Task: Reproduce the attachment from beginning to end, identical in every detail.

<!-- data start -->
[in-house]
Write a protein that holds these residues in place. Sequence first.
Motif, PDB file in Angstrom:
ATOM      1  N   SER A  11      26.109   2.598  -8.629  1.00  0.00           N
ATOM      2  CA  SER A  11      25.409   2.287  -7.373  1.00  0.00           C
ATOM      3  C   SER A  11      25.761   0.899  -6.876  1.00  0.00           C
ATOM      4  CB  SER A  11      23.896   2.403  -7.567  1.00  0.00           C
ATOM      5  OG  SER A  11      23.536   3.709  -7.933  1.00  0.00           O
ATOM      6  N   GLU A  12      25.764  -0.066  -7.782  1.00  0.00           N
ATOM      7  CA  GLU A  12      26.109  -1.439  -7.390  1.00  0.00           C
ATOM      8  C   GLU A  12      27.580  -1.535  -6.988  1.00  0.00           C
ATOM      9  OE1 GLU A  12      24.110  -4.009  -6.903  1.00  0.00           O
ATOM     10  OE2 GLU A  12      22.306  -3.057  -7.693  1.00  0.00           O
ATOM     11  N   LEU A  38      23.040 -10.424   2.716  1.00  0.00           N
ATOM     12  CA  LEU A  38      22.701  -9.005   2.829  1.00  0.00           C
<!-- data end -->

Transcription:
[in-house]
Write a protein that holds these residues in place. Sequence first.
Motif, PDB file in Angstrom:
ATOM      1  N   SER A  11      26.109   2.598  -8.629  1.00  0.00           N
ATOM      2  CA  SER A  11      25.409   2.287  -7.373  1.00  0.00           C
ATOM      3  C   SER A  11      25.761   0.899  -6.876  1.00  0.00           C
ATOM      4  CB  SER A  11      23.896   2.403  -7.567  1.00  0.00           C
ATOM      5  OG  SER A  11      23.536   3.709  -7.933  1.00  0.00           O
ATOM      6  N   GLU A  12      25.764  -0.066  -7.782  1.00  0.00           N
ATOM      7  CA  GLU A  12      26.109  -1.439  -7.390  1.00  0.00           C
ATOM      8  C   GLU A  12      27.580  -1.535  -6.988  1.00  0.00           C
ATOM      9  OE1 GLU A  12      24.110  -4.009  -6.903  1.00  0.00           O
ATOM     10  OE2 GLU A  12      22.306  -3.057  -7.693  1.00  0.00           O
ATOM     11  N   LEU A  38      23.040 -10.424   2.716  1.00  0.00           N
ATOM     12  CA  LEU A  38      22.701  -9.005   2.829  1.00  0.00           C